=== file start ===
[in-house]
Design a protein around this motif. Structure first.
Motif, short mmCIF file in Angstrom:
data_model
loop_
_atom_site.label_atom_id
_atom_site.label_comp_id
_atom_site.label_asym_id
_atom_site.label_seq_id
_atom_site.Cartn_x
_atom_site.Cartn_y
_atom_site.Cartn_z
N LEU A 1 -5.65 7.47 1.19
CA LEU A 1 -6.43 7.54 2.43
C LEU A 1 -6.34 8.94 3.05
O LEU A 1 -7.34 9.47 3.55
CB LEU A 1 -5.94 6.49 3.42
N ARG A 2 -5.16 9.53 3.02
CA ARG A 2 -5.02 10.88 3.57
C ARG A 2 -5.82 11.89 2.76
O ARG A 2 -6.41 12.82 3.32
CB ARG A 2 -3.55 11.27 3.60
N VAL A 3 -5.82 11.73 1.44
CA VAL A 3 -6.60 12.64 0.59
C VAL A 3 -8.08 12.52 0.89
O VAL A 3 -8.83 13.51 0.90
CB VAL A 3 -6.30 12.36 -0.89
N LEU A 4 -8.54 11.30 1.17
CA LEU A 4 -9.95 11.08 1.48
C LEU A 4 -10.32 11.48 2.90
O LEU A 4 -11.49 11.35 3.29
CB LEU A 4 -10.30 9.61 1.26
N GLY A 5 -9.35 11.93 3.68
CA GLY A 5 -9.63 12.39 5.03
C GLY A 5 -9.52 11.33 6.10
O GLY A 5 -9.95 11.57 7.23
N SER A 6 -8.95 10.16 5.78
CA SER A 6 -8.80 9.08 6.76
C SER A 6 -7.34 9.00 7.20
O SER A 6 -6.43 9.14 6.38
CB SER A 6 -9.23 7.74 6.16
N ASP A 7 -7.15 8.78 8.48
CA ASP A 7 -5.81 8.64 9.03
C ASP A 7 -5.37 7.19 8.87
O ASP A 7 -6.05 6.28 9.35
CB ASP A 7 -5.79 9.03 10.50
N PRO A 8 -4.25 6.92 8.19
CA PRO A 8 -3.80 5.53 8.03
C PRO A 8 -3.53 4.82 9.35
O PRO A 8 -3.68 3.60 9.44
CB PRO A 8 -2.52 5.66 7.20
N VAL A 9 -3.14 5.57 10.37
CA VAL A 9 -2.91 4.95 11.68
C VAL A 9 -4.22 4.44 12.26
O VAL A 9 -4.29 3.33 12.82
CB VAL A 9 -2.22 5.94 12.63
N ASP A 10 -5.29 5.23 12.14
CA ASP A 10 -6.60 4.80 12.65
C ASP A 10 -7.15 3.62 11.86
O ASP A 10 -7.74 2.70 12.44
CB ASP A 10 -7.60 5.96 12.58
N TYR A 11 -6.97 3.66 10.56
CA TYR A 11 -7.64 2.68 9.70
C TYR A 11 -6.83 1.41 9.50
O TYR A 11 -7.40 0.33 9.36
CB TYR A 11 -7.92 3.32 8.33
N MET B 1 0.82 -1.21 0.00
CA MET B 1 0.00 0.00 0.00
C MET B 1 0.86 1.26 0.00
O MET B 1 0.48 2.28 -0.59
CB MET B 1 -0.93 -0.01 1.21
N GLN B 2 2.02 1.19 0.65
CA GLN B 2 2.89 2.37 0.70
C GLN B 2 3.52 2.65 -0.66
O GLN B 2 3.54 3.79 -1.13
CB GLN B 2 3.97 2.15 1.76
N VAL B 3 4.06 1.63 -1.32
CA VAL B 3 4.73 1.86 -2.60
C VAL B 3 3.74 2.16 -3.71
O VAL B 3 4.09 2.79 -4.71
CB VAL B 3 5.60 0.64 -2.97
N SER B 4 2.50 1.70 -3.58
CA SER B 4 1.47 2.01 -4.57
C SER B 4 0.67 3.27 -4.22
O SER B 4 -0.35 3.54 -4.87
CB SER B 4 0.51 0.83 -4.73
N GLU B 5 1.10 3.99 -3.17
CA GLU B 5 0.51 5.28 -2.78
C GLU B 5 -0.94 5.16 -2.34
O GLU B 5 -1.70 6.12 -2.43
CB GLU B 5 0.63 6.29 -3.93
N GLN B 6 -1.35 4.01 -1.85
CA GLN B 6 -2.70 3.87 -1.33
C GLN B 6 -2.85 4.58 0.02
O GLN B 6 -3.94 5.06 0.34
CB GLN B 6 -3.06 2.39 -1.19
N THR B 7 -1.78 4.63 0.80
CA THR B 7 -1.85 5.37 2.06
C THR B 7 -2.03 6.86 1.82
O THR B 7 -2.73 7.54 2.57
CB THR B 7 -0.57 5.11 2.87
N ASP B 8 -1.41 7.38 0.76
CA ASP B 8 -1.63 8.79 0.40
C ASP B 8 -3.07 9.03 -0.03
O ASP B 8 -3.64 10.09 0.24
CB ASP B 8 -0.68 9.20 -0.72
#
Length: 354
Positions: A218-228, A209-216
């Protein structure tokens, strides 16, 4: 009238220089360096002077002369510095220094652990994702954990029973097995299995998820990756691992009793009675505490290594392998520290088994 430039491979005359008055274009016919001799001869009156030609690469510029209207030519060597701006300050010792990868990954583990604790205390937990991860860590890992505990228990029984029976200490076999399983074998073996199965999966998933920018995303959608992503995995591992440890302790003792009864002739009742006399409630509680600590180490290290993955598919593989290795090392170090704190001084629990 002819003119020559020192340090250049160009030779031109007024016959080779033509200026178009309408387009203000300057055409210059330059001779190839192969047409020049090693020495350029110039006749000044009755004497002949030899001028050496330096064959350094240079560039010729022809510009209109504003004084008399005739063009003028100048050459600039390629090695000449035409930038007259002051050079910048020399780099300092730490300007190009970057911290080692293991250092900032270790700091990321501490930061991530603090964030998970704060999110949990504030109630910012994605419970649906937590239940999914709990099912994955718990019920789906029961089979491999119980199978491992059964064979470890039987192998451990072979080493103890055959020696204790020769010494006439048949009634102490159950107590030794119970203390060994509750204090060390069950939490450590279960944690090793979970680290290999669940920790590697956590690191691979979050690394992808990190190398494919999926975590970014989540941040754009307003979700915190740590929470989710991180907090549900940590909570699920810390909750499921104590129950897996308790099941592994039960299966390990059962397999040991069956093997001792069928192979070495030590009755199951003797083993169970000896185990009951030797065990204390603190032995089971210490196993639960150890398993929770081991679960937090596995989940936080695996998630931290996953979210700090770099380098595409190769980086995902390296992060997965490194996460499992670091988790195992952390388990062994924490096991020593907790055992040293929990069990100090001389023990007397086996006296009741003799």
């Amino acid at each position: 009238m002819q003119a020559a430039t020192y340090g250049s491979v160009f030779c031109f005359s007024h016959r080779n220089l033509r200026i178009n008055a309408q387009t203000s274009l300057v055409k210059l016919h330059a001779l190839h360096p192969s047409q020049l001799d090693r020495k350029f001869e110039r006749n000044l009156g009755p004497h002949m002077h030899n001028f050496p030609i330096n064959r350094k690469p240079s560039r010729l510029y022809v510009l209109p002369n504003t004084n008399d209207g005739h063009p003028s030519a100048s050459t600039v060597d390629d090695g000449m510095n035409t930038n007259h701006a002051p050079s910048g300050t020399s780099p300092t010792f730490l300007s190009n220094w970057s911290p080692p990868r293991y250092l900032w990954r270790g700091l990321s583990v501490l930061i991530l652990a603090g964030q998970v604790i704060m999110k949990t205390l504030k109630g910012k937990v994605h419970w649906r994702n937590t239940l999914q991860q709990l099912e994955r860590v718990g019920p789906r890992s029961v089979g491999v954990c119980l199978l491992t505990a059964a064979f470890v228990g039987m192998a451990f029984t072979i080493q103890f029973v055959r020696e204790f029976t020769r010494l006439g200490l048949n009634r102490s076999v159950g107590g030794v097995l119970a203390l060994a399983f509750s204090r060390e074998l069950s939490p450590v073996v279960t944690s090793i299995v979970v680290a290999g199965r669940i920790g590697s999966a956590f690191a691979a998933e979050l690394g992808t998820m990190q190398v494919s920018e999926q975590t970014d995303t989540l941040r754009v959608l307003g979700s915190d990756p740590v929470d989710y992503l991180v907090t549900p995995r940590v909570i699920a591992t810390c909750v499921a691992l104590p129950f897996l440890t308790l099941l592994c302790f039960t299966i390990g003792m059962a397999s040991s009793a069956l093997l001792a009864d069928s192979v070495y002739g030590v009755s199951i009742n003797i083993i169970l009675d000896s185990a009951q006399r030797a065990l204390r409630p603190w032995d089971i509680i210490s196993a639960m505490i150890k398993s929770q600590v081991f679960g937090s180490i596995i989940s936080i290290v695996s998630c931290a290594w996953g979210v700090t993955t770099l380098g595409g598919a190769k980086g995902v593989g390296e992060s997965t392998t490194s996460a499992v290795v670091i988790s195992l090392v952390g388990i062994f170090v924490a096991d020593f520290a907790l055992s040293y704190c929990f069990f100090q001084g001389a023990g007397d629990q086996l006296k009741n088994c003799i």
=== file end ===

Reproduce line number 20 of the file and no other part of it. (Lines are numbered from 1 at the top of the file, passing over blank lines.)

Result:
C ARG A 2 -5.82 11.89 2.76